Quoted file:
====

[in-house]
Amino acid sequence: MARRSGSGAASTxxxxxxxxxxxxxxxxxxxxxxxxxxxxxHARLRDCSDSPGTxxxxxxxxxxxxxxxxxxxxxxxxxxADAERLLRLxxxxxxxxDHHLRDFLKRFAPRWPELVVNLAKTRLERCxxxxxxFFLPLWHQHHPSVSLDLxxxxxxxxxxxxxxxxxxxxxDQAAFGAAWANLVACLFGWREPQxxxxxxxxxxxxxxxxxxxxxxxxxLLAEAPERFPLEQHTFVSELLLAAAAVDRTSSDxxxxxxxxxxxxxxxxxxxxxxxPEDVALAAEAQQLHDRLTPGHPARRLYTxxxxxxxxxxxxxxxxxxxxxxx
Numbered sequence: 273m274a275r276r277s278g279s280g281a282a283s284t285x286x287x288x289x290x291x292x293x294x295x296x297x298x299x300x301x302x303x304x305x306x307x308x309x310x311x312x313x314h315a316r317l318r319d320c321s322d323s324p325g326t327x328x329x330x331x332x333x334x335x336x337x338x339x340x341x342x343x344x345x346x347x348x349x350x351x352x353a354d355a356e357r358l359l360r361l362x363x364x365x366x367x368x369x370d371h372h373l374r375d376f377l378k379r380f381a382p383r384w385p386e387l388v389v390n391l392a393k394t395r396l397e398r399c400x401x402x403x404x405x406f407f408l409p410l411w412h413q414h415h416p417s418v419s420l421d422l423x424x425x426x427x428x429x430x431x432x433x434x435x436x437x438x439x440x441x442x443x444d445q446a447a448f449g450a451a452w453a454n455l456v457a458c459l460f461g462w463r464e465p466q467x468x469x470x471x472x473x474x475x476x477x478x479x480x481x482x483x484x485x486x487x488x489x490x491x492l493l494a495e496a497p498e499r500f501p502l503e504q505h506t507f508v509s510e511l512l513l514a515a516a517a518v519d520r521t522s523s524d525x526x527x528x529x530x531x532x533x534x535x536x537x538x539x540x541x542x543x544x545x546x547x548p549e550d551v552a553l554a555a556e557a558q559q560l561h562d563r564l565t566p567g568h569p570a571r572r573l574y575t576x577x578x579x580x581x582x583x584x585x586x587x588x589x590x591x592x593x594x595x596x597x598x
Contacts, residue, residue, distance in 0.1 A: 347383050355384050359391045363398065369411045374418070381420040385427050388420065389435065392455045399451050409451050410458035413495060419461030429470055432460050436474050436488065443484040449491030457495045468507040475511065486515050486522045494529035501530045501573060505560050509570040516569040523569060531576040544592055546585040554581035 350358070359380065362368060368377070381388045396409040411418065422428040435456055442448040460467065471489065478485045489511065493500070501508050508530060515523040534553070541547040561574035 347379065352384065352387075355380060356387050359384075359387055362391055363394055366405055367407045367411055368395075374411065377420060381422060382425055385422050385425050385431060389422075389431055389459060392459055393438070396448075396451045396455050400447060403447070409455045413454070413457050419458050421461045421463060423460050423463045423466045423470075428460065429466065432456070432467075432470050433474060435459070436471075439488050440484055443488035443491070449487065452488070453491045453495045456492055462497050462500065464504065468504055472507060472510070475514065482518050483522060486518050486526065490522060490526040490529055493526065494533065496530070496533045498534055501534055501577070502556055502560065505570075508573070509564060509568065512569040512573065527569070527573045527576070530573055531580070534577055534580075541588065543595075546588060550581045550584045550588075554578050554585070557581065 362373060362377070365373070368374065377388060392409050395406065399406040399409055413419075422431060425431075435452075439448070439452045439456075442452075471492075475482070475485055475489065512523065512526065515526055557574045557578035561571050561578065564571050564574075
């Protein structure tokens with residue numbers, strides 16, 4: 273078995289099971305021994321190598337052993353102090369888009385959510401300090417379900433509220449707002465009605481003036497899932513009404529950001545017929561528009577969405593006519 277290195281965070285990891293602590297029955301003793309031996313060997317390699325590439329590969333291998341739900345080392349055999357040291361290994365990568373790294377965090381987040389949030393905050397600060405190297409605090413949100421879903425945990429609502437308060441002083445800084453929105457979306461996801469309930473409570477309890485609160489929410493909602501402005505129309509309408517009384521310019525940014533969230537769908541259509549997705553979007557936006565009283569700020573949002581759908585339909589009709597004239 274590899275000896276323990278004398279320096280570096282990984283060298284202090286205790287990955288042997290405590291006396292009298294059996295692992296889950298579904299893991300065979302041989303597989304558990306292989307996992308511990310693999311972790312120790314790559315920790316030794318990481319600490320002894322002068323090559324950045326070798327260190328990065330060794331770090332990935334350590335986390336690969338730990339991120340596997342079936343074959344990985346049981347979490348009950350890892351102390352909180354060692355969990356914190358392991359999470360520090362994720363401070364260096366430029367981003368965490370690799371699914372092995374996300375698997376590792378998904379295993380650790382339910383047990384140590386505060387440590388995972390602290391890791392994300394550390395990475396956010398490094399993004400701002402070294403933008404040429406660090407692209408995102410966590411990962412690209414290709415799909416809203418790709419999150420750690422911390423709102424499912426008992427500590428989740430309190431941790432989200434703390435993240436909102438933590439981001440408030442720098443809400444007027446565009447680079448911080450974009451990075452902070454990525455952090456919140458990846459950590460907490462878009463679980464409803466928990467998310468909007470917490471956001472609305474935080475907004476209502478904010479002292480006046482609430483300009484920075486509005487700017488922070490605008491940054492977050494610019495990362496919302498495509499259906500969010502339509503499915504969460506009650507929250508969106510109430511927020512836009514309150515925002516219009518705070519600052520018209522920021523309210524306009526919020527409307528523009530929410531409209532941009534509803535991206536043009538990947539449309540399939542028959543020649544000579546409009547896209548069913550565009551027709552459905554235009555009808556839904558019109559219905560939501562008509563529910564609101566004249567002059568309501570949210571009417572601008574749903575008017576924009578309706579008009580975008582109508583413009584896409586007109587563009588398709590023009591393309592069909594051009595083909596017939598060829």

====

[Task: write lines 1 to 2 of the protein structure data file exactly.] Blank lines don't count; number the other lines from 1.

[in-house]
Amino acid sequence: MARRSGSGAASTxxxxxxxxxxxxxxxxxxxxxxxxxxxxxHARLRDCSDSPGTxxxxxxxxxxxxxxxxxxxxxxxxxxADAERLLRLxxxxxxxxDHHLRDFLKRFAPRWPELVVNLAKTRLERCxxxxxxFFLPLWHQHHPSVSLDLxxxxxxxxxxxxxxxxxxxxxDQAAFGAAWANLVACLFGWREPQxxxxxxxxxxxxxxxxxxxxxxxxxLLAEAPERFPLEQHTFVSELLLAAAAVDRTSSDxxxxxxxxxxxxxxxxxxxxxxxPEDVALAAEAQQLHDRLTPGHPARRLYTxxxxxxxxxxxxxxxxxxxxxxx